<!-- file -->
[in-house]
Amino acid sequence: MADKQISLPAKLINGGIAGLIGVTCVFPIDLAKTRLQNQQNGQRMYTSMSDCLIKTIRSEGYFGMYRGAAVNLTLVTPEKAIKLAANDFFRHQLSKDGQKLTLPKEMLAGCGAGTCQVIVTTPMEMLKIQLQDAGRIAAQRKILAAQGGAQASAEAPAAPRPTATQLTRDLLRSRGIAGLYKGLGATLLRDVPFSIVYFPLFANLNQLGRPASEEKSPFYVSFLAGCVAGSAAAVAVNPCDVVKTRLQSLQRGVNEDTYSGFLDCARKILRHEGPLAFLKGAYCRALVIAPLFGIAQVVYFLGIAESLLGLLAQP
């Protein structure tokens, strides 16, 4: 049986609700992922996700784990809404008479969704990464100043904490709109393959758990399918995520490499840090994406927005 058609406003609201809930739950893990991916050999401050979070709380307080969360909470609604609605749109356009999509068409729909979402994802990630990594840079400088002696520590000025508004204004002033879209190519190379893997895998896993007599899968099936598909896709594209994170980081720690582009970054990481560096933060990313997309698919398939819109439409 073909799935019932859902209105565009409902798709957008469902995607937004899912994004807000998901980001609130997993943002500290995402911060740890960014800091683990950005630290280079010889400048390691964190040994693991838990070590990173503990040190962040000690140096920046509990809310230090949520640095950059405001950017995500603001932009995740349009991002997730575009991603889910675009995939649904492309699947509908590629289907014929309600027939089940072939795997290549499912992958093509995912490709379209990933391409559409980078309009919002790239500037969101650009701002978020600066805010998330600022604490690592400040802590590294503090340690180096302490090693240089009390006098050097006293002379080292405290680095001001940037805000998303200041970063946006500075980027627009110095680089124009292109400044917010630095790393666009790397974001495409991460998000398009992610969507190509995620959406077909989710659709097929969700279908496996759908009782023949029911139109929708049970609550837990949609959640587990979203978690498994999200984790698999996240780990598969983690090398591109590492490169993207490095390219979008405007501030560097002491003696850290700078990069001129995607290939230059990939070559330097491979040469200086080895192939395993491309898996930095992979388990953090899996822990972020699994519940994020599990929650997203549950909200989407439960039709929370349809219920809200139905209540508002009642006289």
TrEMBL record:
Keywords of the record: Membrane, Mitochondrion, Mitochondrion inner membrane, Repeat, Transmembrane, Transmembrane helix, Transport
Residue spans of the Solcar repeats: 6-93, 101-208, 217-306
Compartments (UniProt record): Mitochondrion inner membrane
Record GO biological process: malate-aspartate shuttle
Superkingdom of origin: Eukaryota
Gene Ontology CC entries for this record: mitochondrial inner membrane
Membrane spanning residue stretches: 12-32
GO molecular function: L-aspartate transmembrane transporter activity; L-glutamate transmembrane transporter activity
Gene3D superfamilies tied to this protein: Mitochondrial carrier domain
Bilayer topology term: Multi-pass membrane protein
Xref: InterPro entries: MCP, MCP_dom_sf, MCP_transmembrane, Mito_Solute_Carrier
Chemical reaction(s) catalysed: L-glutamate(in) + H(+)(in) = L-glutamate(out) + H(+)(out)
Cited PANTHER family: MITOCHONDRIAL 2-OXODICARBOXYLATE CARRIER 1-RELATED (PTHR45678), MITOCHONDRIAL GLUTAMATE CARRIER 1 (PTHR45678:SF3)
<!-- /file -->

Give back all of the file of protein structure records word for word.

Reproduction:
[in-house]
Amino acid sequence: MADKQISLPAKLINGGIAGLIGVTCVFPIDLAKTRLQNQQNGQRMYTSMSDCLIKTIRSEGYFGMYRGAAVNLTLVTPEKAIKLAANDFFRHQLSKDGQKLTLPKEMLAGCGAGTCQVIVTTPMEMLKIQLQDAGRIAAQRKILAAQGGAQASAEAPAAPRPTATQLTRDLLRSRGIAGLYKGLGATLLRDVPFSIVYFPLFANLNQLGRPASEEKSPFYVSFLAGCVAGSAAAVAVNPCDVVKTRLQSLQRGVNEDTYSGFLDCARKILRHEGPLAFLKGAYCRALVIAPLFGIAQVVYFLGIAESLLGLLAQP
């Protein structure tokens, strides 16, 4: 049986609700992922996700784990809404008479969704990464100043904490709109393959758990399918995520490499840090994406927005 058609406003609201809930739950893990991916050999401050979070709380307080969360909470609604609605749109356009999509068409729909979402994802990630990594840079400088002696520590000025508004204004002033879209190519190379893997895998896993007599899968099936598909896709594209994170980081720690582009970054990481560096933060990313997309698919398939819109439409 073909799935019932859902209105565009409902798709957008469902995607937004899912994004807000998901980001609130997993943002500290995402911060740890960014800091683990950005630290280079010889400048390691964190040994693991838990070590990173503990040190962040000690140096920046509990809310230090949520640095950059405001950017995500603001932009995740349009991002997730575009991603889910675009995939649904492309699947509908590629289907014929309600027939089940072939795997290549499912992958093509995912490709379209990933391409559409980078309009919002790239500037969101650009701002978020600066805010998330600022604490690592400040802590590294503090340690180096302490090693240089009390006098050097006293002379080292405290680095001001940037805000998303200041970063946006500075980027627009110095680089124009292109400044917010630095790393666009790397974001495409991460998000398009992610969507190509995620959406077909989710659709097929969700279908496996759908009782023949029911139109929708049970609550837990949609959640587990979203978690498994999200984790698999996240780990598969983690090398591109590492490169993207490095390219979008405007501030560097002491003696850290700078990069001129995607290939230059990939070559330097491979040469200086080895192939395993491309898996930095992979388990953090899996822990972020699994519940994020599990929650997203549950909200989407439960039709929370349809219920809200139905209540508002009642006289």
TrEMBL record:
Keywords of the record: Membrane, Mitochondrion, Mitochondrion inner membrane, Repeat, Transmembrane, Transmembrane helix, Transport
Residue spans of the Solcar repeats: 6-93, 101-208, 217-306
Compartments (UniProt record): Mitochondrion inner membrane
Record GO biological process: malate-aspartate shuttle
Superkingdom of origin: Eukaryota
Gene Ontology CC entries for this record: mitochondrial inner membrane
Membrane spanning residue stretches: 12-32
GO molecular function: L-aspartate transmembrane transporter activity; L-glutamate transmembrane transporter activity
Gene3D superfamilies tied to this protein: Mitochondrial carrier domain
Bilayer topology term: Multi-pass membrane protein
Xref: InterPro entries: MCP, MCP_dom_sf, MCP_transmembrane, Mito_Solute_Carrier
Chemical reaction(s) catalysed: L-glutamate(in) + H(+)(in) = L-glutamate(out) + H(+)(out)
Cited PANTHER family: MITOCHONDRIAL 2-OXODICARBOXYLATE CARRIER 1-RELATED (PTHR45678), MITOCHONDRIAL GLUTAMATE CARRIER 1 (PTHR45678:SF3)